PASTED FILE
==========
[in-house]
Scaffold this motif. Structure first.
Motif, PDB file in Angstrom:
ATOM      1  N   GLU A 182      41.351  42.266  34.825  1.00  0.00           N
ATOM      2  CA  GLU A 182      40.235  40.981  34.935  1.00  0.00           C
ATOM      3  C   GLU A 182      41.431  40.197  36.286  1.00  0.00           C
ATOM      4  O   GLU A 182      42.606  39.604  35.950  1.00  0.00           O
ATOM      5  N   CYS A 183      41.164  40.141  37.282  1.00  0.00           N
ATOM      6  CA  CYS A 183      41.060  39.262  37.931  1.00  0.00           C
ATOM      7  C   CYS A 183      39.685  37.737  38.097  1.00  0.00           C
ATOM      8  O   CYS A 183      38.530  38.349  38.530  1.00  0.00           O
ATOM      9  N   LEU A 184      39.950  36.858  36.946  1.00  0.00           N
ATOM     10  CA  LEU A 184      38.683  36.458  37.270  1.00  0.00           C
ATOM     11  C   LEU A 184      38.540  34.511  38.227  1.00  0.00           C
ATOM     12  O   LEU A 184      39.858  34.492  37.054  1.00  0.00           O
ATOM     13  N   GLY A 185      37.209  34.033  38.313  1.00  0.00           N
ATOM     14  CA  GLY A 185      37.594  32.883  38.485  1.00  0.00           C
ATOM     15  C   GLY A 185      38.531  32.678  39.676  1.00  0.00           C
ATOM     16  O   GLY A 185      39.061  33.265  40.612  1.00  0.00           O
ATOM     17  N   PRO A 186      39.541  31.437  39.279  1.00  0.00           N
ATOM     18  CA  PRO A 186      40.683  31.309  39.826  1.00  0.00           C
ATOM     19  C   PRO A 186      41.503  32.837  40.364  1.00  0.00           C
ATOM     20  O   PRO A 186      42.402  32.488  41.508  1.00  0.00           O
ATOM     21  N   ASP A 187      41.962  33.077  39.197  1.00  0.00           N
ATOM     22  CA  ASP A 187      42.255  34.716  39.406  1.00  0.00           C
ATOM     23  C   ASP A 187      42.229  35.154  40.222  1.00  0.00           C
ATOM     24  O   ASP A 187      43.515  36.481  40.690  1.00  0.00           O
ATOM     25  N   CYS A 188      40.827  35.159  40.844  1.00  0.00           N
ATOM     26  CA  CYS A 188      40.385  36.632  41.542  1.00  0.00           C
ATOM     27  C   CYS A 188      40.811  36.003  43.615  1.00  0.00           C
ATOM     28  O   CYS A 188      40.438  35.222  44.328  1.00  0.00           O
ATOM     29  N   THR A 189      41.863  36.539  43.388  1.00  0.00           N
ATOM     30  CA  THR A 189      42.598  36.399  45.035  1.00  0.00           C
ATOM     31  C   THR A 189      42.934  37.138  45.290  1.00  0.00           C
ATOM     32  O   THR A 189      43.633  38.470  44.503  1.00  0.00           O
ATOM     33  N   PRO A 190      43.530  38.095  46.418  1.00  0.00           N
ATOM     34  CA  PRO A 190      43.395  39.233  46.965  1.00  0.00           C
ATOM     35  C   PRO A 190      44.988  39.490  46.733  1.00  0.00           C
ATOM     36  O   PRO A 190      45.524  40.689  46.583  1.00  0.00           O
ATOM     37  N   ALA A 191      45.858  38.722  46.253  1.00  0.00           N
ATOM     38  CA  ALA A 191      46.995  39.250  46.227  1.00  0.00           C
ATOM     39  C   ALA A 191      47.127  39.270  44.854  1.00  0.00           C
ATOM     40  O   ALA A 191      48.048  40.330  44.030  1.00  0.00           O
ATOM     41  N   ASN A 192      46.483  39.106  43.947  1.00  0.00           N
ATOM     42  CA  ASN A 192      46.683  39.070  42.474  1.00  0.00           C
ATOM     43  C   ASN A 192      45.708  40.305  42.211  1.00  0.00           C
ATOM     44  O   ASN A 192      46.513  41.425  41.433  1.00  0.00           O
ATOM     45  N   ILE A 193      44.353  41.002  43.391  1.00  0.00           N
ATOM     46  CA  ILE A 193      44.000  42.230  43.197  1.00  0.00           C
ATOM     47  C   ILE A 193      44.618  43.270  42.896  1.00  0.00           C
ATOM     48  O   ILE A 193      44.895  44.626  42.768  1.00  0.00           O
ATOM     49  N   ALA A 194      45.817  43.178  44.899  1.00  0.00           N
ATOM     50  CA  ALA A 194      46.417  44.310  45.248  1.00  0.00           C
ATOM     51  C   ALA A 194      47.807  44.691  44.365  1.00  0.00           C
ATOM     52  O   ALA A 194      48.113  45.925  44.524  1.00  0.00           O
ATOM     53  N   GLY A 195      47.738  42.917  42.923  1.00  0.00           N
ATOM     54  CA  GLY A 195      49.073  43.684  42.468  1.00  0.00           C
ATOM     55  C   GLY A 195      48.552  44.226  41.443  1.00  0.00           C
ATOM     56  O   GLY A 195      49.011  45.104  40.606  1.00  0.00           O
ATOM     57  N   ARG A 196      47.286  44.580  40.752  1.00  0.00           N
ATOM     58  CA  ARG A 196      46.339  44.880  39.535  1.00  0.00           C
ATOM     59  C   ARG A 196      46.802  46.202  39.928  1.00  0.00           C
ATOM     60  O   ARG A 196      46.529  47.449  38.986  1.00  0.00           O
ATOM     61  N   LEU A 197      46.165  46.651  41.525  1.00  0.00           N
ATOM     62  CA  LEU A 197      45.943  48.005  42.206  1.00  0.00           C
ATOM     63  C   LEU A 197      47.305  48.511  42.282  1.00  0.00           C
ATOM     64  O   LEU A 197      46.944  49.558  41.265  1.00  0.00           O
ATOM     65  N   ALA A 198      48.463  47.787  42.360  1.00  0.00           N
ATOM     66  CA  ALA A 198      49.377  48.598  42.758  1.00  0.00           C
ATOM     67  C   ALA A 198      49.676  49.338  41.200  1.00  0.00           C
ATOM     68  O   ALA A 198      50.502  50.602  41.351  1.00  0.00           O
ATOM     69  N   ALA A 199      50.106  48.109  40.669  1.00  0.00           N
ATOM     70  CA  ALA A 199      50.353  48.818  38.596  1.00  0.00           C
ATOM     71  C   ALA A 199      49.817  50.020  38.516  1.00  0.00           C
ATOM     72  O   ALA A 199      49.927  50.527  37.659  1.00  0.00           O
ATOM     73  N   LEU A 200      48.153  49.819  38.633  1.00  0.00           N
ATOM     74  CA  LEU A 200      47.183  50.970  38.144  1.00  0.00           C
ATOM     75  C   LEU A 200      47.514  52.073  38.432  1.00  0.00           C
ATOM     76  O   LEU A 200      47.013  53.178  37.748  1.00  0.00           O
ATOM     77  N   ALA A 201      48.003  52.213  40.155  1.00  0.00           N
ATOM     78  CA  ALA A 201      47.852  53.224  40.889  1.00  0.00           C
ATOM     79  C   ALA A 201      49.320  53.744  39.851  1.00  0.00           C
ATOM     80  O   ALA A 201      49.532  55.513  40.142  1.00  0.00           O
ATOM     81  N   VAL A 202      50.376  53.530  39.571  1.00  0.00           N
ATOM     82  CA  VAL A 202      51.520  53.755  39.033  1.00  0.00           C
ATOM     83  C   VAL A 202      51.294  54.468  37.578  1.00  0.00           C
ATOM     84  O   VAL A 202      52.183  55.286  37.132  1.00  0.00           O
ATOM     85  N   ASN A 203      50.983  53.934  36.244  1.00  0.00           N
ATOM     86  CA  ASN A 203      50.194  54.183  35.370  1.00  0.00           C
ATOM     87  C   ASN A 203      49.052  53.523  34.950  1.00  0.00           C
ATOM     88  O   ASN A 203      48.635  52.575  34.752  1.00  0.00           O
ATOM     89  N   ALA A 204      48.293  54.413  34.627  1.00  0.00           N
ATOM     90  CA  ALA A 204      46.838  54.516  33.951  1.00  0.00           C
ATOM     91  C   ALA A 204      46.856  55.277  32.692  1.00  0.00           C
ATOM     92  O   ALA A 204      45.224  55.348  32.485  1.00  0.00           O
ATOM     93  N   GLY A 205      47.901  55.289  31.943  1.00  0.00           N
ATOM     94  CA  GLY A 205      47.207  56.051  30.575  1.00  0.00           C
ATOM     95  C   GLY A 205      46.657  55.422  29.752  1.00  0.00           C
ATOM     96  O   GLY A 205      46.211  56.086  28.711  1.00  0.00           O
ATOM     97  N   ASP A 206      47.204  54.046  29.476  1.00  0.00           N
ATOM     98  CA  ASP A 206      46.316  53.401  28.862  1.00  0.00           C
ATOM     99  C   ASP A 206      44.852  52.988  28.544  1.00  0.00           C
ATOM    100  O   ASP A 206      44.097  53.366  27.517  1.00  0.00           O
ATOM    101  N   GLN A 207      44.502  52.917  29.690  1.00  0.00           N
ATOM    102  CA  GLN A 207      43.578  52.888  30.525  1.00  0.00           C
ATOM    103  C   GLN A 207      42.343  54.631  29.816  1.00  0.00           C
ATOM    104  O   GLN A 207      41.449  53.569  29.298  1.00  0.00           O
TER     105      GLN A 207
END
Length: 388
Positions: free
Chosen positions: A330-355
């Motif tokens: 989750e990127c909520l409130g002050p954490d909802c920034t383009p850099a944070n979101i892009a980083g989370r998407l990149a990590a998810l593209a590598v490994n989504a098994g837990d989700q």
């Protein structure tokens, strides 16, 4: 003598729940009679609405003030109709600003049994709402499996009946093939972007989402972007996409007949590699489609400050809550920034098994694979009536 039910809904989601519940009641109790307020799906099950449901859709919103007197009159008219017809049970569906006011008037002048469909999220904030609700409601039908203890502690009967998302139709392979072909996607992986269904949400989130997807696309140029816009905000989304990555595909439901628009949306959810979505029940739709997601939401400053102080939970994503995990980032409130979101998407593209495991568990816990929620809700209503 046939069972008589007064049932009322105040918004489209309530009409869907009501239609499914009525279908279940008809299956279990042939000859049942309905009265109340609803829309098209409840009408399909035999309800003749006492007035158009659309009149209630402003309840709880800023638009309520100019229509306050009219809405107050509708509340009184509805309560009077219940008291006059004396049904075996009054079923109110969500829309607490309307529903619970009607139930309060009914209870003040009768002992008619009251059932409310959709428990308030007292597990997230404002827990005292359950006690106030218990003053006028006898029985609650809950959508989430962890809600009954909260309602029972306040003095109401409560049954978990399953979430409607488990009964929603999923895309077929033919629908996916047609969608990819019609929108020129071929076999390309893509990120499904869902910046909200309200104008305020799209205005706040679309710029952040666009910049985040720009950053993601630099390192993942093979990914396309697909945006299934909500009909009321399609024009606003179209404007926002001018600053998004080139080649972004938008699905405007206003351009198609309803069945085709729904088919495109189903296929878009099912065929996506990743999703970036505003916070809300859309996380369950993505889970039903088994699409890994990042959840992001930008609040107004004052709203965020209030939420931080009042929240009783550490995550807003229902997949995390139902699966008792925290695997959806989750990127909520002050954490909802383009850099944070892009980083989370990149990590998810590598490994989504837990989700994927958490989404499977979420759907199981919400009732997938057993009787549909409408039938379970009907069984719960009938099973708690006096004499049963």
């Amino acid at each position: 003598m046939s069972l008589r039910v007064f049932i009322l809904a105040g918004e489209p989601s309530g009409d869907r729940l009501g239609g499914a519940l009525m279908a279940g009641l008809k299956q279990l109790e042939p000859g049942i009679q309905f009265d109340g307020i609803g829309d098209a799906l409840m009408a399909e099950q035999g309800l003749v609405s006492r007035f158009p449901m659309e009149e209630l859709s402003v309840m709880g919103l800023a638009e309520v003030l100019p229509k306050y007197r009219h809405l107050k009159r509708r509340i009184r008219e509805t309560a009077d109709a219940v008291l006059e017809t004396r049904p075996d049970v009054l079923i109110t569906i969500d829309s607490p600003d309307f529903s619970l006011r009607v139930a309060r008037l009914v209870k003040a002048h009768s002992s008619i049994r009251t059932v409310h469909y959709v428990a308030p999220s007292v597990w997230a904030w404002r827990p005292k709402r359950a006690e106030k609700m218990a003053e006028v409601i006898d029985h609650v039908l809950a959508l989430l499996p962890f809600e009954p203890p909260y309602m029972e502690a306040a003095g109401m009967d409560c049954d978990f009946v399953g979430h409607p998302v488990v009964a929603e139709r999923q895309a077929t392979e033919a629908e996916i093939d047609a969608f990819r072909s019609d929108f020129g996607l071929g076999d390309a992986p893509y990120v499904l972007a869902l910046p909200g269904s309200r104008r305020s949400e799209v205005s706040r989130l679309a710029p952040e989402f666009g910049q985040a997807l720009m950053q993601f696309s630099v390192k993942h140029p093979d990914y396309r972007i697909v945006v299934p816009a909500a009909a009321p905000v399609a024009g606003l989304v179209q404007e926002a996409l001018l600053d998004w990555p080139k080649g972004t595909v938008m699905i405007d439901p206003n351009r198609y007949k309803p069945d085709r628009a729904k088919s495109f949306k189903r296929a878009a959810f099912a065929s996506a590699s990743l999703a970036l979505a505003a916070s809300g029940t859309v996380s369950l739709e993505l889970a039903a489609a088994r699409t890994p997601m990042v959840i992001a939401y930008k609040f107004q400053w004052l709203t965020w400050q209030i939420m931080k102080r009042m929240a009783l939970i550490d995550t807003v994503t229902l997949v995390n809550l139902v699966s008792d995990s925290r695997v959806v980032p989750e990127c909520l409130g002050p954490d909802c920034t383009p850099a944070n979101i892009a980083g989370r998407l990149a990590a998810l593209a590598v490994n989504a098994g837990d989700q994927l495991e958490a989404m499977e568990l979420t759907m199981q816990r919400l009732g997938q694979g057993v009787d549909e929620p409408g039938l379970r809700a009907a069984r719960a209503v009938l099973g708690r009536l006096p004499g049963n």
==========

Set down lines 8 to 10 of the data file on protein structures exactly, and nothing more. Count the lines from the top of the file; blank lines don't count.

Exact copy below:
ATOM      5  N   CYS A 183      41.164  40.141  37.282  1.00  0.00           N
ATOM      6  CA  CYS A 183      41.060  39.262  37.931  1.00  0.00           C
ATOM      7  C   CYS A 183      39.685  37.737  38.097  1.00  0.00           C